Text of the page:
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The star known as Procyon B is a faint cosmic ember. It’s only a bit bigger than Earth — roughly one percent the diameter of the Sun. And it’s quite close to a bright companion star, Procyon A. That makes it almost impossible to see, even through a big telescope.
That would not have been the case when Procyon B was born. It probably was about twice as massive as the Sun — bigger and heavier than Procyon A is today. That would have made it brighter than Procyon A, too.
Because Procyon B was heavier, it evolved faster. More than a billion years ago, it expelled its outer layers into space, leaving only its dead core — a white dwarf.
The two stars were closer together then. So as Procyon B evolved, it probably had an effect on its companion. As its core died, for example, Procyon B expelled more than two-thirds of its mass; some of that material fell onto its companion.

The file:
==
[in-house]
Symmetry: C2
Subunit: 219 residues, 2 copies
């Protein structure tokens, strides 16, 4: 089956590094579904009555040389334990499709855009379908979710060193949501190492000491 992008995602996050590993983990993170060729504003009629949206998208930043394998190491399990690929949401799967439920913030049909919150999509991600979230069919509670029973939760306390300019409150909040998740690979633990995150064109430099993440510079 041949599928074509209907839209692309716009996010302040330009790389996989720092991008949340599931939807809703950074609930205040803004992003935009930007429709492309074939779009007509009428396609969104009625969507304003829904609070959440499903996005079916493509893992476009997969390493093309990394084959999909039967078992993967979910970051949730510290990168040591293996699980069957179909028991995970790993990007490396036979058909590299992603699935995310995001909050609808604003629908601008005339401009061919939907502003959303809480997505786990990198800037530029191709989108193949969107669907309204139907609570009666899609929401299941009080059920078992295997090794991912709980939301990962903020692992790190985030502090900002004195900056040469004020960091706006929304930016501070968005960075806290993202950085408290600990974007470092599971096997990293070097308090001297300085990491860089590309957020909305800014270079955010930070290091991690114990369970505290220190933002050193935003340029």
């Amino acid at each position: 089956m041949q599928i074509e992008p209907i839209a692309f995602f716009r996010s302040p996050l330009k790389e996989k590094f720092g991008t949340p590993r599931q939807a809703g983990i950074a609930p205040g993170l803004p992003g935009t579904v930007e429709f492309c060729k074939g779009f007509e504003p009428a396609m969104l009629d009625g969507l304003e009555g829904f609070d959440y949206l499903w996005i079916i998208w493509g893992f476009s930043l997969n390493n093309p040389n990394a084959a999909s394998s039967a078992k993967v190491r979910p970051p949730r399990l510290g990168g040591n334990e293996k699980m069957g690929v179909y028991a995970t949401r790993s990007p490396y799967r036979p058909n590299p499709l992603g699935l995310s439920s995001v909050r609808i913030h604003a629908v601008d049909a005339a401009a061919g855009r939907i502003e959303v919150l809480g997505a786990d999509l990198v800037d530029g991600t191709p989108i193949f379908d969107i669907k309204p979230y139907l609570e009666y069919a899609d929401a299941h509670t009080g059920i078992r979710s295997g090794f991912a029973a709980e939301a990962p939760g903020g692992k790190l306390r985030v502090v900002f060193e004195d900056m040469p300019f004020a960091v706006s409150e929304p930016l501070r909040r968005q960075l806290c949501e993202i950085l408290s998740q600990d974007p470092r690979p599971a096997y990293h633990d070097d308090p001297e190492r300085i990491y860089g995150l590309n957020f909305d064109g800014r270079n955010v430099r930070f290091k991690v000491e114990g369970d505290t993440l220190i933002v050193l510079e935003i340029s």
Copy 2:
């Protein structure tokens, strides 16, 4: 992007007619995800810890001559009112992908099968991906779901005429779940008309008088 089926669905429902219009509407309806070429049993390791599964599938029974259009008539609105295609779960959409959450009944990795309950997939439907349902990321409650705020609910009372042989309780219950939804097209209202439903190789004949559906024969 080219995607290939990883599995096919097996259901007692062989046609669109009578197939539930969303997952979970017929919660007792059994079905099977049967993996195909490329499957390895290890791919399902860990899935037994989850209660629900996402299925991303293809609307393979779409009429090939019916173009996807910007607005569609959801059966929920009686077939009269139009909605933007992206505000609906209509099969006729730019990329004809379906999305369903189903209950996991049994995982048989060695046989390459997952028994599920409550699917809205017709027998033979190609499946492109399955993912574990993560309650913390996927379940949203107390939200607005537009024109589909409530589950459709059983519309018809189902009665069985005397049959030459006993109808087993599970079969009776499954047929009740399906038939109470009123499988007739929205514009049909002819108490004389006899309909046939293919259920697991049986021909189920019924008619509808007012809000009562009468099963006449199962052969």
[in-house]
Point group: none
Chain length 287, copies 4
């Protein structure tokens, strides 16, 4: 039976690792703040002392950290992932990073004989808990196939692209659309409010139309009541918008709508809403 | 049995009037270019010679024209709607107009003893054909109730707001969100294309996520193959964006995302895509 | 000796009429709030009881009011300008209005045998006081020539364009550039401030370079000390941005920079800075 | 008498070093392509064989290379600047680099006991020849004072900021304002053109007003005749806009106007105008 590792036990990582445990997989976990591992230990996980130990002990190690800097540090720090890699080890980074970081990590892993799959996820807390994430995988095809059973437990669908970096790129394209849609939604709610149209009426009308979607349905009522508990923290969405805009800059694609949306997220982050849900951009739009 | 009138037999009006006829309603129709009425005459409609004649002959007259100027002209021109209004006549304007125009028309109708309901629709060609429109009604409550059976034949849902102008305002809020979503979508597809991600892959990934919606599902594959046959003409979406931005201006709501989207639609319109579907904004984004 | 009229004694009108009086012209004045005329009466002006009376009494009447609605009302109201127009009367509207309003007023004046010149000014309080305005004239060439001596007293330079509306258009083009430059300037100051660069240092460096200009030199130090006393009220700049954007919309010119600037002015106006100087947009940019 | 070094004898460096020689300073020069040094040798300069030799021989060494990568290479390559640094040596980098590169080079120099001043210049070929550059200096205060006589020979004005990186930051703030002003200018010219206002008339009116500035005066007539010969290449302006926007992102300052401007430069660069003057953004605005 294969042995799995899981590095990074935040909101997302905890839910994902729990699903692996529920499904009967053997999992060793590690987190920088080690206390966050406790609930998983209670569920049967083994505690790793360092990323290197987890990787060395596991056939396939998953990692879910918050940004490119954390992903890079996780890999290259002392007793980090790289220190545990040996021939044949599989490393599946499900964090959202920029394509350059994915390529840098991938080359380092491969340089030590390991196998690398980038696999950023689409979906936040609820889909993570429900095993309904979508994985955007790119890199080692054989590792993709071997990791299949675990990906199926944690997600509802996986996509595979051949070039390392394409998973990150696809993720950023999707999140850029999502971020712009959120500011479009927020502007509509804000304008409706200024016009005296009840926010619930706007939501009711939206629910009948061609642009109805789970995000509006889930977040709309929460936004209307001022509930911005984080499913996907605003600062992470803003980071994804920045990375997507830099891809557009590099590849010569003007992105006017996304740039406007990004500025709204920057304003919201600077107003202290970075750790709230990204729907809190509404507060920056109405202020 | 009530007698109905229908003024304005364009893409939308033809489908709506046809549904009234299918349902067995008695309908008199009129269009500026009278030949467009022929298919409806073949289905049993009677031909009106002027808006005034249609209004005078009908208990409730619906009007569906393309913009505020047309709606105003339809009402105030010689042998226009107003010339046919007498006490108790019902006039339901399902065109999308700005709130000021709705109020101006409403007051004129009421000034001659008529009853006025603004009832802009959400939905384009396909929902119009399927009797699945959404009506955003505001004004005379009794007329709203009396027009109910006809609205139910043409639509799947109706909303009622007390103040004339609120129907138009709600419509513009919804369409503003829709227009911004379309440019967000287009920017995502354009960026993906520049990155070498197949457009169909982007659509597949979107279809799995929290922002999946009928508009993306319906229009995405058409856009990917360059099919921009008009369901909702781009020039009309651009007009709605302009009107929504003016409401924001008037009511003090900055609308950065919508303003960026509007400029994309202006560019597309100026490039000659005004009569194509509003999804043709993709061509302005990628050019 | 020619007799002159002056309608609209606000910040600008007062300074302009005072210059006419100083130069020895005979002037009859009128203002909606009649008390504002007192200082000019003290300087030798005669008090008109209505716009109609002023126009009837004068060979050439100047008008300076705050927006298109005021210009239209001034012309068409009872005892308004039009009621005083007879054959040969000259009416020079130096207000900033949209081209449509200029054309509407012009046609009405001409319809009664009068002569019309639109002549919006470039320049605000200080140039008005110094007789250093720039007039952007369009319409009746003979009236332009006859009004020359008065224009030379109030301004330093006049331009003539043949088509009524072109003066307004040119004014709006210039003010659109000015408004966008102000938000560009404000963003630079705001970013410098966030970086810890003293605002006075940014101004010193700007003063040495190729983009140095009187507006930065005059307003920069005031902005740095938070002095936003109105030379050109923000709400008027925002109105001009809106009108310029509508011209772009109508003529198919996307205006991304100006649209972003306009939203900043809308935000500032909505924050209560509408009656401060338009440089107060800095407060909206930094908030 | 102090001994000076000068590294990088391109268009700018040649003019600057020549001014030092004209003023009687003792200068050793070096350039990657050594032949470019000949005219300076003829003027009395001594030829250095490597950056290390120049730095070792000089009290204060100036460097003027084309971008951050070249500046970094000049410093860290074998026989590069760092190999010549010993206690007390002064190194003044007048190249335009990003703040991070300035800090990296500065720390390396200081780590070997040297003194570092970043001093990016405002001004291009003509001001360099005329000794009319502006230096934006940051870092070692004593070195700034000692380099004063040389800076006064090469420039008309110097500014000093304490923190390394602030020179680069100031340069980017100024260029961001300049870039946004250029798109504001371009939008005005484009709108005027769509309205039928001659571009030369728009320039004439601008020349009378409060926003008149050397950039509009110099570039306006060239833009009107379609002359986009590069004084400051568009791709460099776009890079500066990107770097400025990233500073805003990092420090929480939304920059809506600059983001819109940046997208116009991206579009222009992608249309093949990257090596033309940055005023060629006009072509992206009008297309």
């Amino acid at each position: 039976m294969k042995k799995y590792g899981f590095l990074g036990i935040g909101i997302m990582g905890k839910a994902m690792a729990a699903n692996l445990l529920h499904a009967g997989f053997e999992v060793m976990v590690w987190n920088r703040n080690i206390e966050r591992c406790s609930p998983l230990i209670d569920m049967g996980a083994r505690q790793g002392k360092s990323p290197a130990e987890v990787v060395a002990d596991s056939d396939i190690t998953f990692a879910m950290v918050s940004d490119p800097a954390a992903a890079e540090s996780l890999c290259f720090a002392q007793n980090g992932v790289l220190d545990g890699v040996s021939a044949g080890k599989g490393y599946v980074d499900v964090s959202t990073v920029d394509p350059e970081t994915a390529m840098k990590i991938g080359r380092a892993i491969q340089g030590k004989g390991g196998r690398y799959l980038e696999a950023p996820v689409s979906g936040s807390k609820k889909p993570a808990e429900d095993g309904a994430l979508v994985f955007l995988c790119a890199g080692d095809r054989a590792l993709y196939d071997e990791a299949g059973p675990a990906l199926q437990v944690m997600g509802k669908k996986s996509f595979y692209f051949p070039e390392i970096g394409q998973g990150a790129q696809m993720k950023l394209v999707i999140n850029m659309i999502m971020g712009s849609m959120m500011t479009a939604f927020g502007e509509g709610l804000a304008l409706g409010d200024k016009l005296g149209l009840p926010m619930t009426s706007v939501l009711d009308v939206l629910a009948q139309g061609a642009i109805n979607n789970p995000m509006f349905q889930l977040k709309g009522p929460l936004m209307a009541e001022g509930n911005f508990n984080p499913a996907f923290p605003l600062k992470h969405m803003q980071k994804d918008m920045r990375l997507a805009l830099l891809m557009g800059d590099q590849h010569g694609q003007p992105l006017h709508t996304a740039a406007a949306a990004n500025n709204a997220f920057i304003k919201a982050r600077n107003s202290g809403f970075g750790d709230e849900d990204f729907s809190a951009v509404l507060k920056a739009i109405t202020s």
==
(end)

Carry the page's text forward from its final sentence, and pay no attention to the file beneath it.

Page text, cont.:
The extra gas made Procyon A heavier, so it probably accelerated the star’s evolution. As a result, “A” will live a shorter life than it would have otherwise. In fact, it’s already starting to change. In another hundred million years or so, it, too, will shed its outer layers, leaving only its dead core. So the system we know as Procyon will consist of two white dwarfs, shining meekly through the cosmic night.
For now, look for Procyon low in the east as night falls. It rises a little earlier than Sirius, the brightest star in the night sky, which is lower in the southeast.
Script by Damond Benningfield